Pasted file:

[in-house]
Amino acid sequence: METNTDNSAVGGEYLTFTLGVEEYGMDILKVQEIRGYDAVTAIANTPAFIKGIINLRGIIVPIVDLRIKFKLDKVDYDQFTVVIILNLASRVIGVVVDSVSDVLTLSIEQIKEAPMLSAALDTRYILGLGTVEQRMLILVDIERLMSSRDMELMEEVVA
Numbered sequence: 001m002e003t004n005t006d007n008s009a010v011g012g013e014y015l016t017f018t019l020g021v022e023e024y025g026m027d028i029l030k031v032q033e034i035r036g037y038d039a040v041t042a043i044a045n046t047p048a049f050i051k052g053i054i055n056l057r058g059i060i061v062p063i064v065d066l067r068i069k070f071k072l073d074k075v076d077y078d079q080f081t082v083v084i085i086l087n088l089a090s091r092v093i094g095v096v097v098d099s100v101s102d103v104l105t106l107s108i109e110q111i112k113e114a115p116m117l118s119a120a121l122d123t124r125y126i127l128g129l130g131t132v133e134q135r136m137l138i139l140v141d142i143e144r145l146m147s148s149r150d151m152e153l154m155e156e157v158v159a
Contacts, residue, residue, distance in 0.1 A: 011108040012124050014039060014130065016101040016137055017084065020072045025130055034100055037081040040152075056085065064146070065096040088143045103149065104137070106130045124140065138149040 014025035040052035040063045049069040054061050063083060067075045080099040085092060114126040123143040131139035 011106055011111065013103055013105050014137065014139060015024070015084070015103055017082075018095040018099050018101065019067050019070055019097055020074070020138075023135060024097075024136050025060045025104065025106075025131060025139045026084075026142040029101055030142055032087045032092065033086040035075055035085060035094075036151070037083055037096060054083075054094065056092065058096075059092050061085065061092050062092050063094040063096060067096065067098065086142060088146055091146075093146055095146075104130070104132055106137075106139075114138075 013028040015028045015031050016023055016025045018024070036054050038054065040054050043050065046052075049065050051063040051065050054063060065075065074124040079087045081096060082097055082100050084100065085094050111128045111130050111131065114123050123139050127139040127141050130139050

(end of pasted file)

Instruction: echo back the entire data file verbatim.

[in-house]
Amino acid sequence: METNTDNSAVGGEYLTFTLGVEEYGMDILKVQEIRGYDAVTAIANTPAFIKGIINLRGIIVPIVDLRIKFKLDKVDYDQFTVVIILNLASRVIGVVVDSVSDVLTLSIEQIKEAPMLSAALDTRYILGLGTVEQRMLILVDIERLMSSRDMELMEEVVA
Numbered sequence: 001m002e003t004n005t006d007n008s009a010v011g012g013e014y015l016t017f018t019l020g021v022e023e024y025g026m027d028i029l030k031v032q033e034i035r036g037y038d039a040v041t042a043i044a045n046t047p048a049f050i051k052g053i054i055n056l057r058g059i060i061v062p063i064v065d066l067r068i069k070f071k072l073d074k075v076d077y078d079q080f081t082v083v084i085i086l087n088l089a090s091r092v093i094g095v096v097v098d099s100v101s102d103v104l105t106l107s108i109e110q111i112k113e114a115p116m117l118s119a120a121l122d123t124r125y126i127l128g129l130g131t132v133e134q135r136m137l138i139l140v141d142i143e144r145l146m147s148s149r150d151m152e153l154m155e156e157v158v159a
Contacts, residue, residue, distance in 0.1 A: 011108040012124050014039060014130065016101040016137055017084065020072045025130055034100055037081040040152075056085065064146070065096040088143045103149065104137070106130045124140065138149040 014025035040052035040063045049069040054061050063083060067075045080099040085092060114126040123143040131139035 011106055011111065013103055013105050014137065014139060015024070015084070015103055017082075018095040018099050018101065019067050019070055019097055020074070020138075023135060024097075024136050025060045025104065025106075025131060025139045026084075026142040029101055030142055032087045032092065033086040035075055035085060035094075036151070037083055037096060054083075054094065056092065058096075059092050061085065061092050062092050063094040063096060067096065067098065086142060088146055091146075093146055095146075104130070104132055106137075106139075114138075 013028040015028045015031050016023055016025045018024070036054050038054065040054050043050065046052075049065050051063040051065050054063060065075065074124040079087045081096060082097055082100050084100065085094050111128045111130050111131065114123050123139050127139040127141050130139050